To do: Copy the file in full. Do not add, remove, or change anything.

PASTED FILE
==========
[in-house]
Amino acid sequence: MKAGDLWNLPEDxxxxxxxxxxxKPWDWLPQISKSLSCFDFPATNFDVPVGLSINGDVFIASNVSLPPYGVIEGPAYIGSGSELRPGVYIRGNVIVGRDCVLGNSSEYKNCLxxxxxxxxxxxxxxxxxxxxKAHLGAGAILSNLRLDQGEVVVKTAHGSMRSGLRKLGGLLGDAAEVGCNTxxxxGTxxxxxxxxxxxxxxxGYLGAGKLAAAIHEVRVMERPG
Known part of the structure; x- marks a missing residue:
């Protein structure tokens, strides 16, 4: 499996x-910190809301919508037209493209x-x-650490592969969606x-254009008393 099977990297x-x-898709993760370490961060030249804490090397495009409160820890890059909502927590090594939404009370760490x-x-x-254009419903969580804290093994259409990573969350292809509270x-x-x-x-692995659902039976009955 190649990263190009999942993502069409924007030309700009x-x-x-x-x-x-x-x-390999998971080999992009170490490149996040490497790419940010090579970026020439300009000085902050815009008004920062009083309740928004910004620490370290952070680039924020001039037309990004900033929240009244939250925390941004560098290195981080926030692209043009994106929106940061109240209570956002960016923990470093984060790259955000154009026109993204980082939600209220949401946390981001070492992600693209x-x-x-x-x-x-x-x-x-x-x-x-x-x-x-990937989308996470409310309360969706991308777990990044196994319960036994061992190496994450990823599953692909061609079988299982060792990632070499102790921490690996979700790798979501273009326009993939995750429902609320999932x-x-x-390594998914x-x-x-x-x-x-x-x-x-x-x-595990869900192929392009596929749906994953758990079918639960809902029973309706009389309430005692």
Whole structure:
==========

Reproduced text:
[in-house]
Amino acid sequence: MKAGDLWNLPEDxxxxxxxxxxxKPWDWLPQISKSLSCFDFPATNFDVPVGLSINGDVFIASNVSLPPYGVIEGPAYIGSGSELRPGVYIRGNVIVGRDCVLGNSSEYKNCLxxxxxxxxxxxxxxxxxxxxKAHLGAGAILSNLRLDQGEVVVKTAHGSMRSGLRKLGGLLGDAAEVGCNTxxxxGTxxxxxxxxxxxxxxxGYLGAGKLAAAIHEVRVMERPG
Known part of the structure; x- marks a missing residue:
């Protein structure tokens, strides 16, 4: 499996x-910190809301919508037209493209x-x-650490592969969606x-254009008393 099977990297x-x-898709993760370490961060030249804490090397495009409160820890890059909502927590090594939404009370760490x-x-x-254009419903969580804290093994259409990573969350292809509270x-x-x-x-692995659902039976009955 190649990263190009999942993502069409924007030309700009x-x-x-x-x-x-x-x-390999998971080999992009170490490149996040490497790419940010090579970026020439300009000085902050815009008004920062009083309740928004910004620490370290952070680039924020001039037309990004900033929240009244939250925390941004560098290195981080926030692209043009994106929106940061109240209570956002960016923990470093984060790259955000154009026109993204980082939600209220949401946390981001070492992600693209x-x-x-x-x-x-x-x-x-x-x-x-x-x-x-990937989308996470409310309360969706991308777990990044196994319960036994061992190496994450990823599953692909061609079988299982060792990632070499102790921490690996979700790798979501273009326009993939995750429902609320999932x-x-x-390594998914x-x-x-x-x-x-x-x-x-x-x-595990869900192929392009596929749906994953758990079918639960809902029973309706009389309430005692």
Whole structure: